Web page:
Italian parliament voted to include the protection of animals and the environment in the nation’s constitution. Article 9 & 41 have been amended.
Earlier, Article 9 of Constitution protected the “natural landscape and the historical and artistic heritage of the Nation.” Now, the Article mandates to protect the environment, biodiversity, ecosystems, and animals “in the interest of future generations.”
Earlier, Article 41 stated that economic enterprise could “not be carried out against the common good or in such a manner that could damage safety, liberty and human dignity” It now requires that economic activities not “cause damage to health, to the environment.”
Ecological Transition Minister Roberto Cingolani termed the change “an essential step” for Italy as it acts to raise green investments to transform the economy under the European Union’s post-coronavirus pandemic recovery fund.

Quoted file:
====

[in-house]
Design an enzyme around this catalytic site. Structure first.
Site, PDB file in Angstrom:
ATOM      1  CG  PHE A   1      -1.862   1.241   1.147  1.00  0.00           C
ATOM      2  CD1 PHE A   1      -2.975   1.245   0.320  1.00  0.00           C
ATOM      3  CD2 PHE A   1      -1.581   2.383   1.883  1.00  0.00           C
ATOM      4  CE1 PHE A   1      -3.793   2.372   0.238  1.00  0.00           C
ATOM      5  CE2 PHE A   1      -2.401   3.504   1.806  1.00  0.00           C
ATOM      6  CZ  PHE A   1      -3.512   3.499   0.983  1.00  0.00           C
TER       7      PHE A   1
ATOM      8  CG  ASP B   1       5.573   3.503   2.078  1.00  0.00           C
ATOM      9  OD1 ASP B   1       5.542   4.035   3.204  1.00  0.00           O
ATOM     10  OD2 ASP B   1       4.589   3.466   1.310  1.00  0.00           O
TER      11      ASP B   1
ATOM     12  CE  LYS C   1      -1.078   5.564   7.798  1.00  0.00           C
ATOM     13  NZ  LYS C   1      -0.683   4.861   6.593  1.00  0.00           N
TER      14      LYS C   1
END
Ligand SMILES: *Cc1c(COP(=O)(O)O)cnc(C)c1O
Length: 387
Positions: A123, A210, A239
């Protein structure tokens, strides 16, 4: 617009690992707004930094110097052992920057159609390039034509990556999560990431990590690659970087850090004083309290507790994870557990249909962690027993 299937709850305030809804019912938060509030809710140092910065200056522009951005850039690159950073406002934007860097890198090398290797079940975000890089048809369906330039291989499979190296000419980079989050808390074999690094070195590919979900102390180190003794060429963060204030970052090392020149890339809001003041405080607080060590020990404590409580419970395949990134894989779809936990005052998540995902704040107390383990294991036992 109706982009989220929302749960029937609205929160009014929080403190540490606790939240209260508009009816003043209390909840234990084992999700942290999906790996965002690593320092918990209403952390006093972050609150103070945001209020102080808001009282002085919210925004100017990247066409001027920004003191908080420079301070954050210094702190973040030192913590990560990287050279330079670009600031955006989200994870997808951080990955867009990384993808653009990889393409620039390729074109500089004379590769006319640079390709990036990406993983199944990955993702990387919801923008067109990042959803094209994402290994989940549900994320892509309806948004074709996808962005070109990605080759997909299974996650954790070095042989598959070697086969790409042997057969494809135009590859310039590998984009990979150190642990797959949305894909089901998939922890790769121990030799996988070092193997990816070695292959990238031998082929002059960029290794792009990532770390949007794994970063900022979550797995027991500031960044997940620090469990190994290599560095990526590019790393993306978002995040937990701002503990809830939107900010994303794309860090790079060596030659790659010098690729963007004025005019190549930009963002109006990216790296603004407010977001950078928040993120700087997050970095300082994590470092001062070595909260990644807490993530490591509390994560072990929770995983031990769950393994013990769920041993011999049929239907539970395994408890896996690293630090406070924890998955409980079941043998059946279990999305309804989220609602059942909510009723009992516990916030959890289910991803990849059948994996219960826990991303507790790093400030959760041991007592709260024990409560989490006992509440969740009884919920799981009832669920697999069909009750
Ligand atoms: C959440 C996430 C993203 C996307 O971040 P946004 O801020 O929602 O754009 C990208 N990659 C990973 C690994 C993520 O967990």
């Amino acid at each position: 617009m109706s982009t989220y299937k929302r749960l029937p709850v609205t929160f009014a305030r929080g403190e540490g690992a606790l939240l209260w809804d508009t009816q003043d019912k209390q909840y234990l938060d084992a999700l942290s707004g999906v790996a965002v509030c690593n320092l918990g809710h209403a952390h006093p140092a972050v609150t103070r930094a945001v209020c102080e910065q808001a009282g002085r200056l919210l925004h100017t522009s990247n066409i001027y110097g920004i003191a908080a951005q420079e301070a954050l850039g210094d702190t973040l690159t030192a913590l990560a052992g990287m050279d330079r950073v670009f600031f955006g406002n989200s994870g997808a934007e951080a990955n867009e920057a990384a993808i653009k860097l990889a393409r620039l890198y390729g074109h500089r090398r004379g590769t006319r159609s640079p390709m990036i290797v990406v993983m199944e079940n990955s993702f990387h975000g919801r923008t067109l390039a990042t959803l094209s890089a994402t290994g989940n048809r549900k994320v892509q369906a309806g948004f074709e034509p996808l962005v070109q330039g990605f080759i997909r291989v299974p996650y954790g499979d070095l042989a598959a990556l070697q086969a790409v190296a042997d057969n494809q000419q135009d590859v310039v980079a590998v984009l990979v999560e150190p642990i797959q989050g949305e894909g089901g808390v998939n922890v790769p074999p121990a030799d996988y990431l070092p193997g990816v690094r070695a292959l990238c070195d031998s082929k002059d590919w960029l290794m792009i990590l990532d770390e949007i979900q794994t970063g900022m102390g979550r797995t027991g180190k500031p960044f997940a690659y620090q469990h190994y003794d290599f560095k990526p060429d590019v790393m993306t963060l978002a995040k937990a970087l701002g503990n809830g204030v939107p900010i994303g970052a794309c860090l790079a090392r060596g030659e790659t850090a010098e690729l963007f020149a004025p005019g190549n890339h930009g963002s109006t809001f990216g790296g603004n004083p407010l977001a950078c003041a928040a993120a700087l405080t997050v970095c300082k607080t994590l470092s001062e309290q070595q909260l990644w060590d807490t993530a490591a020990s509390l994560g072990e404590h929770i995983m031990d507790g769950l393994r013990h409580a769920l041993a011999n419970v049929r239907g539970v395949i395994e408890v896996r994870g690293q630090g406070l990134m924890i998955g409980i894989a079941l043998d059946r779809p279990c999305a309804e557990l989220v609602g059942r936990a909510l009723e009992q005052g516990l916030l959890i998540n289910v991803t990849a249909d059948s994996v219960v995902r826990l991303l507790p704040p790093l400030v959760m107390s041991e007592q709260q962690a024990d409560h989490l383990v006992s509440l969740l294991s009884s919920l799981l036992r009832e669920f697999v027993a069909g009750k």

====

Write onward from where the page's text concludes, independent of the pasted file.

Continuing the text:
Concerns have been raised whether the principle will be implemented in practical sense. Italy’s constitution sets out broad principles but these are not always reflected in legislation and day-to-day policy. For instance article 11 of the constitution states that Italy “rejects war…as a means of resolving international controversies”, but this has not prevented Rome participating, directly or indirectly, in a number of armed conflicts.
Italy is not the only State to do so. In 1994, Argentina amended its charter to set minimum standards of environmental protection.
Many American states have taken such steps. For instance, The Alaska State Constitution declares that “The legislature shall provide for the utilization, development, and conservation of all natural resources belonging to the State, including land and waters, for the maximum benefit of its people.”